“It allowed a lot more opportunities for students who historically haven't had those opportunities to come here,” Tang said.

Garimella says it’s a bit surreal for her school to be part of an ongoing debate around admissions policies.

"This is just our lives. We're just high schoolers, we just go here. And it's weird to see everything be debated. And a lot of it coming down to politics," she said.

Carrie Kahwajy, a Maggie Walker alum and education chair for the Chesterfield County branch of the NAACP, was also very happy to see the changes Chesterfield County made that ensure students from all district middle schools are recommended for admission.

“That meant that you would have students from Falling Creek Middle have an opportunity to present to Chesterfield County reasons why they would be a good candidate to the governor's School, whereas before their voices weren't being heard,” Kahwajy said. “Their applications are being drowned out by the dozens and dozens that were being presented by, say, a school like Robious Middle School, which was a center for the gifted.”

According to Bob Lowerre, director of Maggie Walker, the school temporarily waived all on-site test components of its admissions exams – including its achievement and aptitude tests – for 2021 admissions due to the COVID-19 pandemic.

Kahwajy said it’s important to point out that the average GPA for incoming 8th-grade students admitted in 2021 actually increased from 4.05 in 2019 and 2020 to 4.08 in 2021.

“So removing the test actually increased the GPA. And so this dialogue about how removing the test would water down the admissions process or not achieve highly qualified candidates is just absurd,” Kahwajy said. “It's producing highly qualified candidates as you can see. It is reflected in the GPA.”

Gauging the impact of dropping the tests is difficult due to further COVID-19 disruptions, Lowerre said. For example, he says, he’s not sure how many kids had help from parents while writing essays from home.

“Just take 21 out of the mix,” Lowerre said. “Any kind of data related to 2021 on admissions is just…comparing apples to oranges.”

The next incoming class – starting school at Maggie Walker in August 2022 – will be the first group of students admitted under the school’s newly-updated admissions process that permanently removes the former achievement test. The average GPA of 2022 incoming students will be made public in April, which Lowerre will be paying close attention to.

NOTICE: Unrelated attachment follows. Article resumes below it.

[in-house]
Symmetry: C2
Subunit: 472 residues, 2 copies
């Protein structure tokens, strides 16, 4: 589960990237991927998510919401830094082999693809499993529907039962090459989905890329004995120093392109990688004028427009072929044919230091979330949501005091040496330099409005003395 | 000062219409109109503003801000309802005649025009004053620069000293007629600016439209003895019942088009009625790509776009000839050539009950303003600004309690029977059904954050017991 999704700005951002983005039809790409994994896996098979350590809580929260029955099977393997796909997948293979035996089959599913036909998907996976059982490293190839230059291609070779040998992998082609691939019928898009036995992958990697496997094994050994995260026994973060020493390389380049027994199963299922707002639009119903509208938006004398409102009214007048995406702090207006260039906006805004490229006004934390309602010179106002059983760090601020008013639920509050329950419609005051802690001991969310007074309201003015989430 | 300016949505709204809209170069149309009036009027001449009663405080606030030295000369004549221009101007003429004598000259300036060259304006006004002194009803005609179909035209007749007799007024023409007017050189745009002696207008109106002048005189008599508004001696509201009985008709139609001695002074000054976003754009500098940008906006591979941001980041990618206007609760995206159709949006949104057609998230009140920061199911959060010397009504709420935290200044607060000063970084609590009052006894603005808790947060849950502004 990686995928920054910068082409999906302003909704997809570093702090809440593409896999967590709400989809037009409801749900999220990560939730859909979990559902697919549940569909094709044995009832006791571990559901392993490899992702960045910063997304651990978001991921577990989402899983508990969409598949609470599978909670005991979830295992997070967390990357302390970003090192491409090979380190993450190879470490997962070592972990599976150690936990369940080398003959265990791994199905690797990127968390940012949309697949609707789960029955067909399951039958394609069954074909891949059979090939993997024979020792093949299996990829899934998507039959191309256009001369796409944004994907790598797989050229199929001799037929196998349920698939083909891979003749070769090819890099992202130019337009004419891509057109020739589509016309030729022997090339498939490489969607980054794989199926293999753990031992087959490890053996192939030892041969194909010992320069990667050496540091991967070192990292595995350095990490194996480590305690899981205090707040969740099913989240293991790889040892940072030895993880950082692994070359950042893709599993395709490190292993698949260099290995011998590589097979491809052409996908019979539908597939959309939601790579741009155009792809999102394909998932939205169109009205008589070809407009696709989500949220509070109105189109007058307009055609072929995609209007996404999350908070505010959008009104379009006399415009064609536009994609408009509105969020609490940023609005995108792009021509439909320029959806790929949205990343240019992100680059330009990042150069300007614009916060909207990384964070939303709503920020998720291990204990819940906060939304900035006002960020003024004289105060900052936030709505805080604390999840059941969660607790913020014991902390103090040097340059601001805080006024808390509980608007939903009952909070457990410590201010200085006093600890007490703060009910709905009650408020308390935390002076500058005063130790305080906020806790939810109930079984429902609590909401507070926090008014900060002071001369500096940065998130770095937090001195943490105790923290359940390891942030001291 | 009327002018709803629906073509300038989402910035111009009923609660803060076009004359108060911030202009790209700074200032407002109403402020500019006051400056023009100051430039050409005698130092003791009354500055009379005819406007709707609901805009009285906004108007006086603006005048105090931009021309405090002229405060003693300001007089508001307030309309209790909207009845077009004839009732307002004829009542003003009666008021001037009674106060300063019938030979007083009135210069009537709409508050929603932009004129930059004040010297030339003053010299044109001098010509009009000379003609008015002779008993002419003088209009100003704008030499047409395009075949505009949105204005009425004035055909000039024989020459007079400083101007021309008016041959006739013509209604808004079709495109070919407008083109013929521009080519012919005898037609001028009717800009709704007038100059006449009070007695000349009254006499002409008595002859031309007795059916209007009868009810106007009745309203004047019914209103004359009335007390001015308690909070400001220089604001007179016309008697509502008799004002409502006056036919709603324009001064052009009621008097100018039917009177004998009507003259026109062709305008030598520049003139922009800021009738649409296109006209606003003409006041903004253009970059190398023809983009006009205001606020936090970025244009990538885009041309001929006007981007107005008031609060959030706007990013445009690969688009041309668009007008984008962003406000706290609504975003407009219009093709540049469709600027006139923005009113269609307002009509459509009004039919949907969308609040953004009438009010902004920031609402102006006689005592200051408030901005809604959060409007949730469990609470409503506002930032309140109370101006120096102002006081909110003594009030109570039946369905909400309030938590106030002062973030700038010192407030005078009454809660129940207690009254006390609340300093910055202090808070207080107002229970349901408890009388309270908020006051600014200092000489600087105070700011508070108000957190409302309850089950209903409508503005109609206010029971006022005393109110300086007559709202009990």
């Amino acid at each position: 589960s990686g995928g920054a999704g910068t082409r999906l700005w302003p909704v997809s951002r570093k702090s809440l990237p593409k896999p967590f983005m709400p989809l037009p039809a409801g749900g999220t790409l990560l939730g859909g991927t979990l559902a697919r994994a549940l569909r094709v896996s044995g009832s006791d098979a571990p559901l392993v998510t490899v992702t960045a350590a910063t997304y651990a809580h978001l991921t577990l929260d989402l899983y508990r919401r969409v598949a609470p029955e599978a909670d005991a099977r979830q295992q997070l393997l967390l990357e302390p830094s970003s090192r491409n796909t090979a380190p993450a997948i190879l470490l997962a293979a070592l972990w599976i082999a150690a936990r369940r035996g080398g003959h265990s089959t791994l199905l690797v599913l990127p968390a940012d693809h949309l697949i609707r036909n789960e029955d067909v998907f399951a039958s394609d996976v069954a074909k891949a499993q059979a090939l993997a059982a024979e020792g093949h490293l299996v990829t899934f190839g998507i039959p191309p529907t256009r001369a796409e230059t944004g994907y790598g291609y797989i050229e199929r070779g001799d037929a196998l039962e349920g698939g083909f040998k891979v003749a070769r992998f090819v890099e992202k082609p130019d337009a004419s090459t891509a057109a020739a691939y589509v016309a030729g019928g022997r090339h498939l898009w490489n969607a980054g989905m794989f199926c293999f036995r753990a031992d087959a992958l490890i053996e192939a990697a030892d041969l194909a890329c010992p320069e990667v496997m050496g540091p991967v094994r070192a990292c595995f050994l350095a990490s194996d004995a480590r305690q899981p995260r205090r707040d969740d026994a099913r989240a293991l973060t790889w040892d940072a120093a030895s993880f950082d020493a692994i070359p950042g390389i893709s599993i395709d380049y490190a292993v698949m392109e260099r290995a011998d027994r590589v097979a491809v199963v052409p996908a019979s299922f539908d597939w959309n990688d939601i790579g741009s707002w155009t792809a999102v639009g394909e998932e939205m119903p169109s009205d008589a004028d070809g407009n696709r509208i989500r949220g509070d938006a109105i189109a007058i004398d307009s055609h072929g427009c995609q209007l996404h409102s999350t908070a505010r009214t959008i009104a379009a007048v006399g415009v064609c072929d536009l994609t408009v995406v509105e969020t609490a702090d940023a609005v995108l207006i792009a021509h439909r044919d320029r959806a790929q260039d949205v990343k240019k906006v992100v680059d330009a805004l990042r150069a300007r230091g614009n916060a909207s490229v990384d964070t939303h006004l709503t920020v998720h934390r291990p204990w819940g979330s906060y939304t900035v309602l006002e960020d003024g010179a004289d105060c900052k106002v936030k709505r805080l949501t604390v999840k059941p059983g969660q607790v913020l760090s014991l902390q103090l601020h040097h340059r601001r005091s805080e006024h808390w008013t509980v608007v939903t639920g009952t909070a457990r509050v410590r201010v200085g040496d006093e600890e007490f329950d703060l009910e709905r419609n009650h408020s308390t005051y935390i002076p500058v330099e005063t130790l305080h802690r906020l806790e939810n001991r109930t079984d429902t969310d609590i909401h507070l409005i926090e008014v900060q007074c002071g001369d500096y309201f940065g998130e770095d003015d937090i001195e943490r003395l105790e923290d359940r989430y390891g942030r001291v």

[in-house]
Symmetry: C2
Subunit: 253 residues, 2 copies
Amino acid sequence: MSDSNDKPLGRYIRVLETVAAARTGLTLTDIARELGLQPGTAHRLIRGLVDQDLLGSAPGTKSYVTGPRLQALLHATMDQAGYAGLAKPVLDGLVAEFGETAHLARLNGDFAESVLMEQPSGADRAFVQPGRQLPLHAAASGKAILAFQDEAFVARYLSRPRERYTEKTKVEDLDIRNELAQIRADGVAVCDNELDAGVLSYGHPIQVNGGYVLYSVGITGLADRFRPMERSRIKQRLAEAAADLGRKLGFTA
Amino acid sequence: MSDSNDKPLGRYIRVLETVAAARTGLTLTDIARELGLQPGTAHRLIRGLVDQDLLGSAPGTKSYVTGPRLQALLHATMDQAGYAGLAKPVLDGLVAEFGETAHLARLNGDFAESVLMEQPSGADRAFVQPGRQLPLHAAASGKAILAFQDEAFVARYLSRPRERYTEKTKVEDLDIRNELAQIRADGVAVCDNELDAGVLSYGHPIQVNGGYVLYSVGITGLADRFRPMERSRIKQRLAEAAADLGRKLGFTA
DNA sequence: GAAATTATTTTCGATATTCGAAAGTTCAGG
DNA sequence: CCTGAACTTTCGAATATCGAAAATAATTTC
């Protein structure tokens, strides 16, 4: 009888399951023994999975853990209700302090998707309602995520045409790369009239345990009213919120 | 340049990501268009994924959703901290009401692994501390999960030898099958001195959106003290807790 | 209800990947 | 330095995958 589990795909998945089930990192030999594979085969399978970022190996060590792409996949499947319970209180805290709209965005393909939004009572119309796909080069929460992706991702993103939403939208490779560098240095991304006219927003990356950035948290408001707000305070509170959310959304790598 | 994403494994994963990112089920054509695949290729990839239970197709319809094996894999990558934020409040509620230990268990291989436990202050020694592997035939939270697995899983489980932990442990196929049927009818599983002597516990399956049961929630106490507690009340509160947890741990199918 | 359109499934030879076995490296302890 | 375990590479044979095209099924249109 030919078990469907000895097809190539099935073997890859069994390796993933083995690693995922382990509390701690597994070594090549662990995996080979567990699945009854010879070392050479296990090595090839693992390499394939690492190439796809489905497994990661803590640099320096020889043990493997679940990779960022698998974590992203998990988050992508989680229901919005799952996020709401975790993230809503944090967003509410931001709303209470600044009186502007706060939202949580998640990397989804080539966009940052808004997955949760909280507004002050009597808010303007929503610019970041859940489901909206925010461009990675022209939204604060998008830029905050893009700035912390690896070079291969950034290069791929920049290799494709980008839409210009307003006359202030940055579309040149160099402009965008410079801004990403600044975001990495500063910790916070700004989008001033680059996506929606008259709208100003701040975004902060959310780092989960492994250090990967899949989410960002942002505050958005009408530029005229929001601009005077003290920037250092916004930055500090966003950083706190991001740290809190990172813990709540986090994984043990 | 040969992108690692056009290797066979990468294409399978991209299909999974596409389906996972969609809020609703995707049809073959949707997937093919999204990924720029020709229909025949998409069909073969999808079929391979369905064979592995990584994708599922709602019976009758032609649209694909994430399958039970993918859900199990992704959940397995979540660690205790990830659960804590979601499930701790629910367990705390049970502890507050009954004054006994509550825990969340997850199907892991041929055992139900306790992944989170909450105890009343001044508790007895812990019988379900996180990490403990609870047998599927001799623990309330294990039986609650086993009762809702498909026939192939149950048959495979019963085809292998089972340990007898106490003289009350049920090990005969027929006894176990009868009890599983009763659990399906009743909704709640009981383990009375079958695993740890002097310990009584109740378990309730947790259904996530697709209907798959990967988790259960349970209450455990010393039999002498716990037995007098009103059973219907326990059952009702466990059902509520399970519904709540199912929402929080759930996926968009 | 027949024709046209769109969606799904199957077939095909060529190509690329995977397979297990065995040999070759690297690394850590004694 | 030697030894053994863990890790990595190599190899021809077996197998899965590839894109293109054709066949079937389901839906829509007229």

“We're not changing anything about the way we instruct kids here,” Lowerre told VPM News. “We're not changing our program, we're not changing the expectations. So when people talk about lowering standards, standards aren't being touched. We're just trying to open the door wider to communities that have been underrepresented historically.”

Kahwajy says she’s worried these recent efforts could be undone if Davis’ bill passes. She’s also worried about another aspect of the bill that would prohibit governor’s schools from collecting “information on students’ race, sex, color, ethnicity or national origin during the application process for admission to such school.”

“When they look back and say, ‘why do we have a cohort of students that isn't diverse,’ you won't be able to see who applied,” Kahwajy said.

Del. Michelle Maldonado (D-Manassas) told VPM News that Davis’ legislation would deepen racial inequities that already exist. For example, only 1% of students admitted to the Thomas Jefferson High School for Science and Technology in the class of 2024 were Black. More than 10% of Fairfax County residents are Black.

“We have heard a lot about ‘we're all in the same boat.’ But the reality is we're all in the same ocean, but our boats are not equally equipped,” Moldanado said while speaking in opposition of the bill. “And the inequities that we are seeing…are historical.”

Lowerre says one element of Davis’ bill could actually help to improve equity in his schools’ admissions. The bill would require local school districts that send students to a governor’s school to ensure all middle schools offer “coursework, curriculum, and instruction that is comparable in content and in rigor in order to provide each student in each such middle school with the opportunity to gain admission to and excel academically at such Governor's school.”

"It's putting the onus on us to work with the middle schools and say, okay, here's what our kids need to be successful," he said.

Access to courses, however, is not the only obstacle to success for students from disadvantaged backgrounds. Lack of healthcare access and exposure to trauma, among other factors, affect student outcomes as early as kindergarten.

Siegel-Hawley says she thinks the bill is “part of a deeply cynical effort to move towards complete color blindness in the law. And doing so would require the courts to go against decades of [legal] precedent. This has been central to the conservative movement, since the backlash to the Civil Rights gains of the 1960s. That’s six decades in the making.

“The philosophy, or the push, seems to be: if we don't talk about racism, if we don't collect data about it…and most importantly, if we don't make any policy or legal move to redress the impacts of racism, then it will go away,” Siegel-Hawley said. “That's the philosophy undergirding these different efforts. And I think it requires a really ahistorical understanding of the role of racism in this country.”

​​Parker, who has been involved in court-ordered desegregation cases across the country for over 30 years, says the legislation is particularly disturbing when considering Virginia’s history. 

“The first response [of Virginia lawmakers] to Brown v. Board of Education in 1956 was to announce and to vote into effect a policy of massive resistance to the order to desegregate,” Parker said. “The next step was to actually take steps to close down public schools in areas where the federal courts had ordered the desegregation of the schools. And so it's particularly tragic now to see something appearing to be coming full circle, and to move us back into a time when our schools were separate and unequal.”

Correction: An earlier version of this article did not specify that the 2021 Maggie Walker admissions tests were canceled because of COVID-19. The school later chose to remove elements of its admissions test prior to the 2022 test in an effort to boost diversity. We have clarified that language.

Correction: An earlier version of this article stated that 13 school districts send students to Maggie Walker. The correct figure is 14. We have updated the story and apologize for the error.

Megan Pauly covers education and health care issues in the greater Richmond region.